Congressional delegation voices support for strong ag research funding

by Geitner Simmons | IANR Media

Members of the Nebraska delegation look on as Sen. Deb Fischer (center) talks with a university researcher during an East Campus visit on June 19.
Image Credit: 
Loren Rye | Pixel Lab
Members of Nebraska’s congressional delegation look on as Sen. Deb Fischer (center) discusses precision agriculture technologies with (right) Joe Luck, professor of biological systems engineering.
June 20, 2023

It will be critical for the upcoming farm bill to include significant federal funding for agricultural research, Nebraska’s five-member congressional delegation said during a visit to the University of Nebraska–Lincoln’s East Campus on June 19.

U.S. Rep. Mike Flood, who hosted the visit to campus, said his “No. 1 priority” in representing Nebraska’s 1st District was securing federal funding for major U.S. Department of Agriculture research facilities planned for Nebraska Innovation Campus. The center, which will focus on precision agriculture and water, climate and resilience, will boost the number of USDA agricultural scientists in Nebraska to 150, up from the current 63.

The university will complement the USDA research center with an agricultural innovation facility on Innovation Campus facilitating the conversion of ag research into products and services, plus a business incubator.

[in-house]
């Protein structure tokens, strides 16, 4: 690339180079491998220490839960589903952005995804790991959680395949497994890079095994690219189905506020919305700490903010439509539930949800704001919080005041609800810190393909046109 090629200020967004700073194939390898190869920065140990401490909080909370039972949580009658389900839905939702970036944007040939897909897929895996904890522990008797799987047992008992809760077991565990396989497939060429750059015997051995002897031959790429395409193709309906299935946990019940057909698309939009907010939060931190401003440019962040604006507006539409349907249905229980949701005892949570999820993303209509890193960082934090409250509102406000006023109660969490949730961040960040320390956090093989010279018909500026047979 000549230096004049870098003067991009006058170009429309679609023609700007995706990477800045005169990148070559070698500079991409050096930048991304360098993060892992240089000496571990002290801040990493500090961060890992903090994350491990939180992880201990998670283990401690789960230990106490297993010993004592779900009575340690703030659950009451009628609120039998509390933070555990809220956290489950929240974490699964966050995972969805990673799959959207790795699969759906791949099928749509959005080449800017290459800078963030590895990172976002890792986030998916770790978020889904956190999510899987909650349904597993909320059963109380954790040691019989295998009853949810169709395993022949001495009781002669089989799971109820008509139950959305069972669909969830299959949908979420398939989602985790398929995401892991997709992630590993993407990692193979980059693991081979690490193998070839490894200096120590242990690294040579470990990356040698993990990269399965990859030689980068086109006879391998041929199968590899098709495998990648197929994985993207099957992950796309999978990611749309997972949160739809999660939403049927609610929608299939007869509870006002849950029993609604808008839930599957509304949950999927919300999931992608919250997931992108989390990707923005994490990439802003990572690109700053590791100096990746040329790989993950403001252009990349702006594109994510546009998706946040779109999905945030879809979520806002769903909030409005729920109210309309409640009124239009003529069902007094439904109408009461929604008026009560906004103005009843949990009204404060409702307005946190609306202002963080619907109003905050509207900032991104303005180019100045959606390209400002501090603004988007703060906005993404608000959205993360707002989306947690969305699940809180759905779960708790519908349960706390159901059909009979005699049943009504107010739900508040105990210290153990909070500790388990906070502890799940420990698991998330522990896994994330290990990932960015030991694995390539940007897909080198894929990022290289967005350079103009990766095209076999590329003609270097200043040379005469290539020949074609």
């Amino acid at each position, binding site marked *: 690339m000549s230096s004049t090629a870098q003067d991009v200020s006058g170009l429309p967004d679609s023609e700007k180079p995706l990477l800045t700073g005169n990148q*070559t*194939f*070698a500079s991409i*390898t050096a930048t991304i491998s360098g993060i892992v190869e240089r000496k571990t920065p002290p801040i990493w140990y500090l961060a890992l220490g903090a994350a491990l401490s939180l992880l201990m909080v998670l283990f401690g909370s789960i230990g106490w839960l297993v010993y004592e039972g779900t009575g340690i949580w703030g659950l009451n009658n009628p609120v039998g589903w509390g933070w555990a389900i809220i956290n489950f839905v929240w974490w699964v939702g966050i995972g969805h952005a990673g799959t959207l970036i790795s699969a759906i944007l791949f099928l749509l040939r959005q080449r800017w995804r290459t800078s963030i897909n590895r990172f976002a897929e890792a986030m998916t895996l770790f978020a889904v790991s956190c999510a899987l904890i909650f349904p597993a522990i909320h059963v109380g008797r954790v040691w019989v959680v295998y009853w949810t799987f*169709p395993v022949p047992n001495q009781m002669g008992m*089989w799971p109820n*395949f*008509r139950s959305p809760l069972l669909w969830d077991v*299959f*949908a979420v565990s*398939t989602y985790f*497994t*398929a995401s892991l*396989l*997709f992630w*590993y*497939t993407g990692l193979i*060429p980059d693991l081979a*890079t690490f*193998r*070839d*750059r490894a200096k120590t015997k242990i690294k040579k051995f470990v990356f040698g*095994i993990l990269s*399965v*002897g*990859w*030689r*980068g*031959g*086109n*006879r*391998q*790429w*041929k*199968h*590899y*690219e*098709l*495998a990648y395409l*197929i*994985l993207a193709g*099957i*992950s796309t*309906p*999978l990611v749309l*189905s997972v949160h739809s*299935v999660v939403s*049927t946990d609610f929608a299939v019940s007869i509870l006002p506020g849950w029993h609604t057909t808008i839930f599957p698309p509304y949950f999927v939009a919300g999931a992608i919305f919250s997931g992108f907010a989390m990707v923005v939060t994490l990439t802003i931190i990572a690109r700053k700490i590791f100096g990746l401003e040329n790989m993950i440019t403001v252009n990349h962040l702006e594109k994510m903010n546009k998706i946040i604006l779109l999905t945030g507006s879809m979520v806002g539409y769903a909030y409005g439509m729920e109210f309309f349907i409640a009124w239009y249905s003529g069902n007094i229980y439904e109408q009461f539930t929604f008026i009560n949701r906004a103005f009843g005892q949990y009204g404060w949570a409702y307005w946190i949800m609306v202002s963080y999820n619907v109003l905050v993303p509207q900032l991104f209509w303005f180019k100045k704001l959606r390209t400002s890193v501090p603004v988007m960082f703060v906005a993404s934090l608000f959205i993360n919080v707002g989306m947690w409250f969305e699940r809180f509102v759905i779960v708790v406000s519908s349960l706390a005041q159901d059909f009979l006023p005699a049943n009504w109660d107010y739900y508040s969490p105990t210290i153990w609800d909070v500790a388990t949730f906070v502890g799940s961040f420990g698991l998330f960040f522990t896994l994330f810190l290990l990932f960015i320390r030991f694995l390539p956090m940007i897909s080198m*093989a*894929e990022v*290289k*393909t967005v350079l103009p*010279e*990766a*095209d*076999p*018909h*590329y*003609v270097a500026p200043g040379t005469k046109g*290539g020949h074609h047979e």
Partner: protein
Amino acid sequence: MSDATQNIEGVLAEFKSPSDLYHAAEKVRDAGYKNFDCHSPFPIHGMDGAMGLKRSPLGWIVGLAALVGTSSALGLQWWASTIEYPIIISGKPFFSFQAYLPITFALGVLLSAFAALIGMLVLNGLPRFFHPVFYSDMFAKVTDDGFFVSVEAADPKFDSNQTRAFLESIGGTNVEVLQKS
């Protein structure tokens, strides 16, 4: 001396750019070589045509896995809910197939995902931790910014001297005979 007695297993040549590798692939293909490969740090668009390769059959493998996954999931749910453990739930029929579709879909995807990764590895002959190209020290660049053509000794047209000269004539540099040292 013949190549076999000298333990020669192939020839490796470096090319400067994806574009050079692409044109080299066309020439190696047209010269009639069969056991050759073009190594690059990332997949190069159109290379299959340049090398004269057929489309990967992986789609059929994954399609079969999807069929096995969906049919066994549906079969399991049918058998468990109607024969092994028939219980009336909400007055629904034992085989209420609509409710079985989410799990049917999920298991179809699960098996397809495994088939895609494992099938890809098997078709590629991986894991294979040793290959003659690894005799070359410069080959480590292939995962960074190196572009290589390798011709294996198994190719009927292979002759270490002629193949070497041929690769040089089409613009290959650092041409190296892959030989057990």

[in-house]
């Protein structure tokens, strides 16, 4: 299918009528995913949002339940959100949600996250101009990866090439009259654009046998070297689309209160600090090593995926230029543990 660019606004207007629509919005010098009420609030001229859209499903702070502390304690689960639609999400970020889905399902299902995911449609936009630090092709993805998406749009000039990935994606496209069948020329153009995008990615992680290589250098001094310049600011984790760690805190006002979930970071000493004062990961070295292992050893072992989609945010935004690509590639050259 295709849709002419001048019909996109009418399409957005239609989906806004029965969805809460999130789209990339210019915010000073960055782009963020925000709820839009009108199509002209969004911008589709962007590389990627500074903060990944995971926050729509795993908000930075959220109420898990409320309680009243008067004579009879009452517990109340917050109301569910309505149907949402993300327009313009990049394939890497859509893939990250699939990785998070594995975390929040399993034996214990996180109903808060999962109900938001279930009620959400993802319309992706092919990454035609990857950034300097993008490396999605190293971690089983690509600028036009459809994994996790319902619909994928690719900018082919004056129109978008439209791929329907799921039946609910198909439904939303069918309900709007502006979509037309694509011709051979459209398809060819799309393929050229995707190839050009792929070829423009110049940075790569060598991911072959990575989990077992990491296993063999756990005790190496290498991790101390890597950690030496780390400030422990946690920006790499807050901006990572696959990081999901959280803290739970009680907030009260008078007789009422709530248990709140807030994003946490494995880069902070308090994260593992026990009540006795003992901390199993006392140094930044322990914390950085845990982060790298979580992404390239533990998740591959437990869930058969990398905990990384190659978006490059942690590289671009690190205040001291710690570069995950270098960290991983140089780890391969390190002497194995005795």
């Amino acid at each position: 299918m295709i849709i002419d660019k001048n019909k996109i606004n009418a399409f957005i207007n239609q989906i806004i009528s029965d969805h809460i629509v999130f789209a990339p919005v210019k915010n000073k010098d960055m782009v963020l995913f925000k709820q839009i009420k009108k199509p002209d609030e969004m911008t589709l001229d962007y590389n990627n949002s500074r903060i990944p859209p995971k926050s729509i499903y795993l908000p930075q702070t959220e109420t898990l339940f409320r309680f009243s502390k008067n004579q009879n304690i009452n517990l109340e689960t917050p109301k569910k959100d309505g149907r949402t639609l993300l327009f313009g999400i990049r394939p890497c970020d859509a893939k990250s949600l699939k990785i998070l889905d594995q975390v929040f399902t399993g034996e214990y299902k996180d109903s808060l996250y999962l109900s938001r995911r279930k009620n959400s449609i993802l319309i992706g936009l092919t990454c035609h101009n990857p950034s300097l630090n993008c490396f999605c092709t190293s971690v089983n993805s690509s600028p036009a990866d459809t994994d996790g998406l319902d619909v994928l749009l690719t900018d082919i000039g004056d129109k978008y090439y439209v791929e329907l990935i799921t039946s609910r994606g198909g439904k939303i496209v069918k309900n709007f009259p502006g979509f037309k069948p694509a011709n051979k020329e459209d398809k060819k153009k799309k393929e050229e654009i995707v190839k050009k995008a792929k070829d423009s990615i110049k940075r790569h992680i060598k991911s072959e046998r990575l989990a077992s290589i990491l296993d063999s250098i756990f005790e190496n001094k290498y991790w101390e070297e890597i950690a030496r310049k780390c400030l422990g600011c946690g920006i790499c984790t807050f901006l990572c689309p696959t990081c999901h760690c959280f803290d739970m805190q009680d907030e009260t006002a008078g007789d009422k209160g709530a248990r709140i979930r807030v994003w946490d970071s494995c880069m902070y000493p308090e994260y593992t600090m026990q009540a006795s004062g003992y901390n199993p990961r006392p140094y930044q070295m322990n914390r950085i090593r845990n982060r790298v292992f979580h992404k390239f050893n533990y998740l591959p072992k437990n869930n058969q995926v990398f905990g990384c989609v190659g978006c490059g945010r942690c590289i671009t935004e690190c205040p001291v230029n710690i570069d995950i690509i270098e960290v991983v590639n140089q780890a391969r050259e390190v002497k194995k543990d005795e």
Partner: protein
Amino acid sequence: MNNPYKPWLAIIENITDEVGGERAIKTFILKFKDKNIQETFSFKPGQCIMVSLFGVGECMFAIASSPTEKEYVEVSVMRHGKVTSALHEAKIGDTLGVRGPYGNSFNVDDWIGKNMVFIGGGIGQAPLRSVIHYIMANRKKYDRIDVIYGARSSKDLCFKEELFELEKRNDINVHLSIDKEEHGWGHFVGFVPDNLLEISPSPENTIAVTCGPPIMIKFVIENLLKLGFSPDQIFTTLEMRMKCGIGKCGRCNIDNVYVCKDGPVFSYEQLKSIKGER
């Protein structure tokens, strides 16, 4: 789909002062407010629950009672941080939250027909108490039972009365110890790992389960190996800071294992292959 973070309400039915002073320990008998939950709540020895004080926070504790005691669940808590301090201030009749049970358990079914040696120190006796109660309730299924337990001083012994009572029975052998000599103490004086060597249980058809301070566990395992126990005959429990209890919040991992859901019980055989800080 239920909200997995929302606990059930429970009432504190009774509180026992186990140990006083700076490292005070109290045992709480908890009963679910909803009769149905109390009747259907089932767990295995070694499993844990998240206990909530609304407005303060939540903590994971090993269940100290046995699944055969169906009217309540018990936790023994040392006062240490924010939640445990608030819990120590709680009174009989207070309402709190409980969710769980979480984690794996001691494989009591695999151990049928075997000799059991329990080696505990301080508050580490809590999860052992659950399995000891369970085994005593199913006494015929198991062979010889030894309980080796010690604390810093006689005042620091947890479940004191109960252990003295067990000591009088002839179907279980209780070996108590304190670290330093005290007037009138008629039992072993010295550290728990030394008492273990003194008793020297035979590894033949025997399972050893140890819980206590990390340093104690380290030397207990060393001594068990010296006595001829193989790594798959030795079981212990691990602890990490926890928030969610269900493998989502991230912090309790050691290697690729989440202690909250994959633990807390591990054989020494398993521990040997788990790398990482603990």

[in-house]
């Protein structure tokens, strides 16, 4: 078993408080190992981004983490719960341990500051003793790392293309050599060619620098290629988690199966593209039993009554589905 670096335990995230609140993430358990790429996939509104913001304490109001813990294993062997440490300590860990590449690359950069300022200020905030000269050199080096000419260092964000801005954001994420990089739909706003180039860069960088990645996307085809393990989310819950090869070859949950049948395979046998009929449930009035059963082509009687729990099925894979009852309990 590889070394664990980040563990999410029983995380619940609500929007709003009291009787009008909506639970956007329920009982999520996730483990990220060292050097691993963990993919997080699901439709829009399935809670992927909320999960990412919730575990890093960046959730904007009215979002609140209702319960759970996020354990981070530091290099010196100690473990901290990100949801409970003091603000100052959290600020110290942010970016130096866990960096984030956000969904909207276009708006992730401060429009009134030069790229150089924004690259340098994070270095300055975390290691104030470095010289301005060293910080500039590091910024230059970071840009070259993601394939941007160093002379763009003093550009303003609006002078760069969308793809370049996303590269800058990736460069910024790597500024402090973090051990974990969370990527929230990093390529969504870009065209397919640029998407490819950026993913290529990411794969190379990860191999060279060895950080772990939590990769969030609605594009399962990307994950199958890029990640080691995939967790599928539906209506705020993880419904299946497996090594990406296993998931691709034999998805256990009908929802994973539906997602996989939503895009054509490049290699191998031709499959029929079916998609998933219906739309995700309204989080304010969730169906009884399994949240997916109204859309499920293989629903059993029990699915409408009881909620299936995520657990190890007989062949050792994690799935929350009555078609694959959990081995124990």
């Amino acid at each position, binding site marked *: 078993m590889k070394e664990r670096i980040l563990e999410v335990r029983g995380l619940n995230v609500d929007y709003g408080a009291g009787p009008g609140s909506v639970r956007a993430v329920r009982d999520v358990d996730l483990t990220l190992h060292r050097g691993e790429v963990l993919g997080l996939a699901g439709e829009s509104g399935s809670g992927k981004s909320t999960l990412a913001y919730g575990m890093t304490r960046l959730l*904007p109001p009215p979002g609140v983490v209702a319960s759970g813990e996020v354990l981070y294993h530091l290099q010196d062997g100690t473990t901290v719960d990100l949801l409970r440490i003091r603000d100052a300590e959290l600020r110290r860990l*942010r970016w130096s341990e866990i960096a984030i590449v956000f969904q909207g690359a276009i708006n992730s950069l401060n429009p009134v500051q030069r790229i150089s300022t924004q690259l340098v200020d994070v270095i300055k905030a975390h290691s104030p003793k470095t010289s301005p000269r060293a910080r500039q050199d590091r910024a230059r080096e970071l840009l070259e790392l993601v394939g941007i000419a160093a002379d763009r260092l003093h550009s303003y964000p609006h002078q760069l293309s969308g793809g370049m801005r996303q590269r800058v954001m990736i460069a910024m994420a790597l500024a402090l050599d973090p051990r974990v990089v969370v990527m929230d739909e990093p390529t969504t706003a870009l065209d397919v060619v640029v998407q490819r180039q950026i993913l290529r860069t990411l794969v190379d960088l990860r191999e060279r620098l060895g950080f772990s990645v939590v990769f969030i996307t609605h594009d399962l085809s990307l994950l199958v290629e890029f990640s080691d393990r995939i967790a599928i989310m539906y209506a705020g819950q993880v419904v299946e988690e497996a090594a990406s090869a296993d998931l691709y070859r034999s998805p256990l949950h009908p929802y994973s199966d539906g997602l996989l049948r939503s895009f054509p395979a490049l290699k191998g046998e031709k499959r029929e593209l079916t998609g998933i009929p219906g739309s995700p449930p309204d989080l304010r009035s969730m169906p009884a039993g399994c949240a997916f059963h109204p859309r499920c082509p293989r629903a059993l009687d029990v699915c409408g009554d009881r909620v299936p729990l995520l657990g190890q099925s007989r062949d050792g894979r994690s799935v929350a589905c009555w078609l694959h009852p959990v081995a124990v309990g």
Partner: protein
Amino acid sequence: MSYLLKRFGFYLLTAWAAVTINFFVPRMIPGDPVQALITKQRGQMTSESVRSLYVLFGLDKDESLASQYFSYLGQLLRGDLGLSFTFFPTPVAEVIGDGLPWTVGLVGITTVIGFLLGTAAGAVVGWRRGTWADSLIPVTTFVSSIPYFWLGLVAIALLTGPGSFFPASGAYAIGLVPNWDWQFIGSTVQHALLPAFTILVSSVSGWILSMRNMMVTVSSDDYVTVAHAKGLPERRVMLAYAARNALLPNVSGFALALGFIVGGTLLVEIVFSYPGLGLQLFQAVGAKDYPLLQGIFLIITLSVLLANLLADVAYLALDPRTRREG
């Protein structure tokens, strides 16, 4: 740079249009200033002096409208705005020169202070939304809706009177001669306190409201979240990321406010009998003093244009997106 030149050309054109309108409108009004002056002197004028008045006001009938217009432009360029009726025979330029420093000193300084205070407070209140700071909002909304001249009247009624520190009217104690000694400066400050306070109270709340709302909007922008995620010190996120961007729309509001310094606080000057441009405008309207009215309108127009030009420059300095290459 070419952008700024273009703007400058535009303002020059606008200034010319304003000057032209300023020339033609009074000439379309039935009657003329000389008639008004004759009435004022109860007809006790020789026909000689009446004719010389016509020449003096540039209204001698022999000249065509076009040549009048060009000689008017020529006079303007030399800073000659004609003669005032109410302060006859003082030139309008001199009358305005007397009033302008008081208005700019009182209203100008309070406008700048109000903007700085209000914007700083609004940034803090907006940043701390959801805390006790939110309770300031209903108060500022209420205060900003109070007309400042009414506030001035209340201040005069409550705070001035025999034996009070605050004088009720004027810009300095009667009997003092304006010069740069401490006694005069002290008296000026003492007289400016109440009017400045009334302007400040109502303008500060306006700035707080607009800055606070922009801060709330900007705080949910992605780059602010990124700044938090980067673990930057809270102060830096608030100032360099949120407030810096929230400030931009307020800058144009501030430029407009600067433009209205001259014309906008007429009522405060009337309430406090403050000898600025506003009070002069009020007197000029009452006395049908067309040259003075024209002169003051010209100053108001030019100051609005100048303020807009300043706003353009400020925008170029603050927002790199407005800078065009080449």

During their visit to East Campus, the lawmakers — Sens. Deb Fischer and Pete Ricketts, Reps. Flood, Don Bacon and Adrian Smith — heard presentations on Husker research initiatives in fields such as ag-related robotics and precision agriculture, plant science and animal science innovations, and the advances made possible through on-farm research. They were briefed on the importance producers place on information from the National Drought Mitigation Center, located at the university.

Ted Carter, president of the University of Nebraska system, welcomed the lawmakers during a lunch of brisket and sausage prepared and processed by Husker meat science students. “Today’s grand challenges around agriculture have never been more urgent or more complex,” underscoring the enduring importance of the university’s agricultural research, he said.

Mike Boehm, vice chancellor for the Institute of Agriculture and Natural Resources, noted that the U.S. lags well behind in government funding for agricultural research compared with China and the European Union.

Four funding options for the upcoming five-year farm bill now being developed by Congress have particular importance for the university and Nebraska agriculture, Boehm told the lawmakers:

  • The planned USDA research facilities, called the National Center for Resilience and Regenerative Precision Agriculture, at Innovation Campus. The USDA center and complementary Husker facilities can greatly bolster precision-ag and climate resilient technologies and boost the state’s economic development through ag-startup creation.